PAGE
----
Theoretical Computer Science
cc.complexity-theory optimization examples
Updated Sat, 11 Jun 2022 10:22:26 GMT

Easy to optimize but hard to evaluate

Are there any known natural examples of optimization problems for which it is much easier to produce an optimal solution than to evaluate the quality of a given candidate solution?

For the sake of concreteness, we may consider polynomial-time solvable optimization problems of the form: "given x, minimize $f(x, y)$", where $f:\{0,1\}^*\times\{0,1\}^* \to \mathbb{N}$ is, say, #P-hard. Such problems clearly exist (for instance, we could have $f(x, 0) = 0$ for all $x$ even if $f$ is uncomputable), but I am looking for ``natural'' problems exhibiting this phenomenon.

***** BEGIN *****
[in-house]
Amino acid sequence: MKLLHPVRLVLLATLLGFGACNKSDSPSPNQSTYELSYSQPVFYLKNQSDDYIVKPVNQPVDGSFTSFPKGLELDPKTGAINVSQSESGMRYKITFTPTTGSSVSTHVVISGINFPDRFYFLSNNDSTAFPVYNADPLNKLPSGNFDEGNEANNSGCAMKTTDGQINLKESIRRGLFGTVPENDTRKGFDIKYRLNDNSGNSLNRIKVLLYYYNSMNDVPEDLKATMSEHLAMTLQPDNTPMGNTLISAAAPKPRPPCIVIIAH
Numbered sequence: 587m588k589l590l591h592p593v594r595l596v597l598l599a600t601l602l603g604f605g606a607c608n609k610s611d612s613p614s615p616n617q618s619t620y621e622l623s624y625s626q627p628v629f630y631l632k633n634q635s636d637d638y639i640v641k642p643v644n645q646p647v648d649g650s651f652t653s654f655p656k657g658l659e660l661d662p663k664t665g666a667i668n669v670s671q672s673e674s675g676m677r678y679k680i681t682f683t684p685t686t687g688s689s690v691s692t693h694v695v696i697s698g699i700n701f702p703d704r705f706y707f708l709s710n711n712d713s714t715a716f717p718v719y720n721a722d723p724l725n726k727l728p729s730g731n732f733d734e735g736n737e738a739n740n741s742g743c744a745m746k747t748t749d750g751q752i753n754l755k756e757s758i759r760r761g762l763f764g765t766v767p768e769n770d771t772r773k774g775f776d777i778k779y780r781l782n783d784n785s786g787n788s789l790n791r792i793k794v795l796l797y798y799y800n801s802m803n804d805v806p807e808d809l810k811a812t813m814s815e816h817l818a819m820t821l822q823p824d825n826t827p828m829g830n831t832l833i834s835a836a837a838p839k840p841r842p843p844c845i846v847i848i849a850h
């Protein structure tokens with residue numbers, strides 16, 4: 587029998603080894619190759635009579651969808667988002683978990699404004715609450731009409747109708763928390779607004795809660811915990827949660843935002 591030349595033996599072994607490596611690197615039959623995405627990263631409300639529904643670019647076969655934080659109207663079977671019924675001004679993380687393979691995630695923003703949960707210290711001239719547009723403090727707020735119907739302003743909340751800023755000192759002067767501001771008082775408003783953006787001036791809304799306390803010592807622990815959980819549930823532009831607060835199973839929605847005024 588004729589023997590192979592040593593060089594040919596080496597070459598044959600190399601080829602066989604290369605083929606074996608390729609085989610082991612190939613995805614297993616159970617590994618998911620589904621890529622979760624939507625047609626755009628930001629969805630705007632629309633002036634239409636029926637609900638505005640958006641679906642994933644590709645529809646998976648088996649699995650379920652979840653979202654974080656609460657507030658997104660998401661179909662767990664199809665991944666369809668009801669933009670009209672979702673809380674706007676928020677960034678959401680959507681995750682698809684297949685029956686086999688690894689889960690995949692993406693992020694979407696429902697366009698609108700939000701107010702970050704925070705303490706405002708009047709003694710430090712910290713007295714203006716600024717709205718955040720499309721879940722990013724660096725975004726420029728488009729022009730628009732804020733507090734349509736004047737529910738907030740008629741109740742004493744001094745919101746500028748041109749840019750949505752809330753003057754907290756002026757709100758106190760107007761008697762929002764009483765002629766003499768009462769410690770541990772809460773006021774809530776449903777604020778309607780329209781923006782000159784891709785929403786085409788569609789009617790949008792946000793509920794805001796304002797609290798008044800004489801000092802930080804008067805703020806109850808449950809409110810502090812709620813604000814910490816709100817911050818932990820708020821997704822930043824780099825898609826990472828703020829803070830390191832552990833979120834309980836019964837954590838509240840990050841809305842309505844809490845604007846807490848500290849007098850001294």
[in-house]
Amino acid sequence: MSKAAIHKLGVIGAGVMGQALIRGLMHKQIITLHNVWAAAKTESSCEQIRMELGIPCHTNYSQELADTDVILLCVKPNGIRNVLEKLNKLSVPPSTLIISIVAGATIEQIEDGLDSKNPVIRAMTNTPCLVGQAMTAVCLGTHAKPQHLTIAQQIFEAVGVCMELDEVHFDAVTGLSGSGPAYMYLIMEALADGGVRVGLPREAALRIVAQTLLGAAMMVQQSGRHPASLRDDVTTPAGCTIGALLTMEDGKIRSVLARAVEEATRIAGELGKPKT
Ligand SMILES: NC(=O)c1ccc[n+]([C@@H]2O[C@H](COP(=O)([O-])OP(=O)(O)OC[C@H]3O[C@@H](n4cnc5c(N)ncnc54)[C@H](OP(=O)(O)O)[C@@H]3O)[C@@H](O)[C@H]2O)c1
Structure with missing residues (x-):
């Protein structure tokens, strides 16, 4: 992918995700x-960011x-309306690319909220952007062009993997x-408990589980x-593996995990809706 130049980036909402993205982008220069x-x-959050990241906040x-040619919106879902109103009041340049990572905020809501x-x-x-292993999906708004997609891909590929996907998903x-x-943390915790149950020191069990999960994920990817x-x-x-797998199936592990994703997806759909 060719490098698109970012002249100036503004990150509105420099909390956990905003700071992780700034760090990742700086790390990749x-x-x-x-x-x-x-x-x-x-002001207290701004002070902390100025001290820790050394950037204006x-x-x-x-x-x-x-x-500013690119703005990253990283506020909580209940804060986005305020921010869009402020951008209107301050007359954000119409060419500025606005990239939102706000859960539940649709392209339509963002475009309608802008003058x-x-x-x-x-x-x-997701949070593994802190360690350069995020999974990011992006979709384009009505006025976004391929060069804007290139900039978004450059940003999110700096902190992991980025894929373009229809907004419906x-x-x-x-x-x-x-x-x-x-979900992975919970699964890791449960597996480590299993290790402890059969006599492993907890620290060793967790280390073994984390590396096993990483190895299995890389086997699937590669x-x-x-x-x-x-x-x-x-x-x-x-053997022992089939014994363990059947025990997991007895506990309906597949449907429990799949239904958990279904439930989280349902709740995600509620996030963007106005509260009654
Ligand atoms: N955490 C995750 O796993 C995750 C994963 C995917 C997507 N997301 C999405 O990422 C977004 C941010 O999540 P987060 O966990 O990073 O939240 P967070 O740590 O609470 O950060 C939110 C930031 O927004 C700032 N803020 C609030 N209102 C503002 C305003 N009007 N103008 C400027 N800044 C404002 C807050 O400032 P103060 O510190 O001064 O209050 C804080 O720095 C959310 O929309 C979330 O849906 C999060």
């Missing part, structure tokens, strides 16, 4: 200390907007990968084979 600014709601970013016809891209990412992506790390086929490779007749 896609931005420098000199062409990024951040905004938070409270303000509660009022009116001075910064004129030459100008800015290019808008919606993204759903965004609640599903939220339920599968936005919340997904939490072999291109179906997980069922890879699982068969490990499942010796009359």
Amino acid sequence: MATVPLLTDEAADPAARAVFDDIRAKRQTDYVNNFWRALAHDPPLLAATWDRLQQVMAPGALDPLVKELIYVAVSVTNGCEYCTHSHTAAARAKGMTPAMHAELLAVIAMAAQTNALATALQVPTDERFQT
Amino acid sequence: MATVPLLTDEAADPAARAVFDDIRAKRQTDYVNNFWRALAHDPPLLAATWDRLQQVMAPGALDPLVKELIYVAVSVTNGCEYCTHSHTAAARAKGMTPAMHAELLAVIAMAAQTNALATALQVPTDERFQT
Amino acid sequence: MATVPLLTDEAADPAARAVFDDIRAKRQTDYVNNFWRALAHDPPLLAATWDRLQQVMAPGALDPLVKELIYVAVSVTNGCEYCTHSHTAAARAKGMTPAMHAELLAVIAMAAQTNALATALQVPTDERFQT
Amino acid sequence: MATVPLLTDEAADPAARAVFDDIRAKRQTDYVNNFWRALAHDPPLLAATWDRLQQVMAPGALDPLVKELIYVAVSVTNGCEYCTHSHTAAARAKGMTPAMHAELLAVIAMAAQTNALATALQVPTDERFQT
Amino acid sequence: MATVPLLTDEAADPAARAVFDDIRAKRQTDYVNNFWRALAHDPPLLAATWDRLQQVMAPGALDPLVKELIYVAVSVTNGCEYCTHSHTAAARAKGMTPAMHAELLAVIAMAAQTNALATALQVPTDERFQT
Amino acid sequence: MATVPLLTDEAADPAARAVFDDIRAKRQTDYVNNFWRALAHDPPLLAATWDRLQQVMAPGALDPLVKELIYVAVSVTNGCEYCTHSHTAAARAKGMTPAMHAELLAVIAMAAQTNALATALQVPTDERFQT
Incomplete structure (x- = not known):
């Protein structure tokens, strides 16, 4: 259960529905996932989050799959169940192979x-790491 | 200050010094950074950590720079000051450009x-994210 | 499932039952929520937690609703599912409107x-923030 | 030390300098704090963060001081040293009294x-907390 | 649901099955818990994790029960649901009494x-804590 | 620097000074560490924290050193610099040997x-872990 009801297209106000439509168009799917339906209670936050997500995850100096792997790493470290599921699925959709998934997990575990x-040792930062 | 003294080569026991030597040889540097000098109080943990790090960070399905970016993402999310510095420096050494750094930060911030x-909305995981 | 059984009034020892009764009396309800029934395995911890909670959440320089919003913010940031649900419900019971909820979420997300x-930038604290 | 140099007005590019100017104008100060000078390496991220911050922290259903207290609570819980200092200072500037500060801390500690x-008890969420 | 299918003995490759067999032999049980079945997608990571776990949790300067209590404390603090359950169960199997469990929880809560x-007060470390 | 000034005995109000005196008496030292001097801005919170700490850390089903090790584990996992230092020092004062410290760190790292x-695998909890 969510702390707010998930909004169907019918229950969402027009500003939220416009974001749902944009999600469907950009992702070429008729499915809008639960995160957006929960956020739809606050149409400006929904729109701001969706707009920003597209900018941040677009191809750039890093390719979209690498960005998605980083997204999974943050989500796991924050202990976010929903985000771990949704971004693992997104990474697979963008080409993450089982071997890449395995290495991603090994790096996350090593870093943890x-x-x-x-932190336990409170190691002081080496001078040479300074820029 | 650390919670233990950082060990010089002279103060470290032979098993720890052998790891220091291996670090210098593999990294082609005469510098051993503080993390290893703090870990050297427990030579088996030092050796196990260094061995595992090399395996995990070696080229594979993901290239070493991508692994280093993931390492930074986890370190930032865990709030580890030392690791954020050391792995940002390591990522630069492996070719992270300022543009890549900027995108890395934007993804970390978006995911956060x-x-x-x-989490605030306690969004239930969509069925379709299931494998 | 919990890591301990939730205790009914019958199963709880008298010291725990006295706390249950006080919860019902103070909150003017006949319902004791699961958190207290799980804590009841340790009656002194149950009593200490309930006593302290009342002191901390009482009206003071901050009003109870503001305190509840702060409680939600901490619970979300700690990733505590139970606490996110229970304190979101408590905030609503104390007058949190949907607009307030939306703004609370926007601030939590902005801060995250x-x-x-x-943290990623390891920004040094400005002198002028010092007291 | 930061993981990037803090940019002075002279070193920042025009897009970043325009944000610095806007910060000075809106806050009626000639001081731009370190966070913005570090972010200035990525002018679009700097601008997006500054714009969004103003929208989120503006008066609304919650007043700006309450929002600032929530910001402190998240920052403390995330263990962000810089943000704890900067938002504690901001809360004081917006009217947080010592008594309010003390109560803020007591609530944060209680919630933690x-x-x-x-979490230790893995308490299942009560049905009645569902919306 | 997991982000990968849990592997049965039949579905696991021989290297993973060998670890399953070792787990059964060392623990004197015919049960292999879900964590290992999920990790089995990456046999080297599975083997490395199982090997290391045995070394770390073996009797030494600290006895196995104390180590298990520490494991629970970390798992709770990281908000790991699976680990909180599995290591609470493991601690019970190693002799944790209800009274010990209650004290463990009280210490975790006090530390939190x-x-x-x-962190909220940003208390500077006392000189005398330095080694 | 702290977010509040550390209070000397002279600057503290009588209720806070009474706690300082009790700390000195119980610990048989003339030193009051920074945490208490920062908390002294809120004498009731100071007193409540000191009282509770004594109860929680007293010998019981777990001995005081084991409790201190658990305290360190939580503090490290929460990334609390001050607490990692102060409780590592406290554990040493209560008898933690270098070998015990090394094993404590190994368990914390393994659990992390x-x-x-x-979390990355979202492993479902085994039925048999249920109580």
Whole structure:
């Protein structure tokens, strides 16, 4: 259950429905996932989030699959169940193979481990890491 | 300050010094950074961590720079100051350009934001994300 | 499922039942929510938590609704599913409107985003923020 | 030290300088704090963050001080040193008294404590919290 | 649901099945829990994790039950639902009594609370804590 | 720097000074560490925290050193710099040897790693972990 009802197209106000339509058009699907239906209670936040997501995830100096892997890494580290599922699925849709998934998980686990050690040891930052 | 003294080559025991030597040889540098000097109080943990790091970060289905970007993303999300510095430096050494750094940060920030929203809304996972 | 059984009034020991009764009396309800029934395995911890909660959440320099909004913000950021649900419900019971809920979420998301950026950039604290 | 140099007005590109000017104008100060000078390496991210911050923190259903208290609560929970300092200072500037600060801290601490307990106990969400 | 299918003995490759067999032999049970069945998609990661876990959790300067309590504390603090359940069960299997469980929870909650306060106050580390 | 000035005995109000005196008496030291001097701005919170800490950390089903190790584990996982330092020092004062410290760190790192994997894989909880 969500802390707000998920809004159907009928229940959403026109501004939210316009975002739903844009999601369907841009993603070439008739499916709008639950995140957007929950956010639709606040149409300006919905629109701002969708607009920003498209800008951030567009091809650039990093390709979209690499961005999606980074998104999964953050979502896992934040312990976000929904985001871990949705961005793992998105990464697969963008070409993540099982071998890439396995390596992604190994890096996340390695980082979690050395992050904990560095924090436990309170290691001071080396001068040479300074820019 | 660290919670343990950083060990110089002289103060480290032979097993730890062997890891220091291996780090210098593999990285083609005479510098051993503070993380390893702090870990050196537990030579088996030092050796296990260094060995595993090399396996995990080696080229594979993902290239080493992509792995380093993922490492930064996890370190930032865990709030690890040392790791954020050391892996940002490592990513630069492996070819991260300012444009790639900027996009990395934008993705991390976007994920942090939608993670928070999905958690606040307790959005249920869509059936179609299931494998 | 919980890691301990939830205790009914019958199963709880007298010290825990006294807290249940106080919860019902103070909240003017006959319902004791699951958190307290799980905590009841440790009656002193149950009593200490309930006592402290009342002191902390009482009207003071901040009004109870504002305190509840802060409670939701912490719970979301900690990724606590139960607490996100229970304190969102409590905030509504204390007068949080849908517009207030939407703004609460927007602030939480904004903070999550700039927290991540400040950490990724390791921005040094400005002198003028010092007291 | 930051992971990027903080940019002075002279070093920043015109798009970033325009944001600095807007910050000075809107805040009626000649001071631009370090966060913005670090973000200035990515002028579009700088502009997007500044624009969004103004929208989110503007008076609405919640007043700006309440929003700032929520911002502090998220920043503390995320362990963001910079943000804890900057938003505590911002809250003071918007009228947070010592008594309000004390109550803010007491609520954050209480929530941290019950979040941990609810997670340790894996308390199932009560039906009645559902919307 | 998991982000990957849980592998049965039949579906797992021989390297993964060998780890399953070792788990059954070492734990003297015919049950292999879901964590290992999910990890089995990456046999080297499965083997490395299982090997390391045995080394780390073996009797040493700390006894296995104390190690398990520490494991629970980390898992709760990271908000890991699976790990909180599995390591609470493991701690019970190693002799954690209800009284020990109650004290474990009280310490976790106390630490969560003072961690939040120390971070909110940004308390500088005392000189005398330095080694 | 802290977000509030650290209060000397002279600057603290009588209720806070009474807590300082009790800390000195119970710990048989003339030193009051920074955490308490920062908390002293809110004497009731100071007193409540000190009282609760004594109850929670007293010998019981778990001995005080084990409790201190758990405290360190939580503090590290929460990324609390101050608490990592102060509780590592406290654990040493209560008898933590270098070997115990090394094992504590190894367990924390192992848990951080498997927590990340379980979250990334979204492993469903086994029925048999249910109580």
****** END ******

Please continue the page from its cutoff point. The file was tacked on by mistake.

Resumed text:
In paper [1], there is a problem with the property that finding an optimal element takes polynomial time despite that computing the objective function values is NP-hard (it means that evaluating the quality of a given candidate solution is NP-hard as well).

[1] T.C.E.Cheng, Y.Shafransky, C.T.Ng. An alternative approach for proving the NP-hardness of optimization problems. European Journal of Operational Research 248 (2016) 5258.

Yakov Shafransky

Comments (1)

  • +0 – Sharing some more detail here would be nice. :) — Nov 10, 2015 at 07:00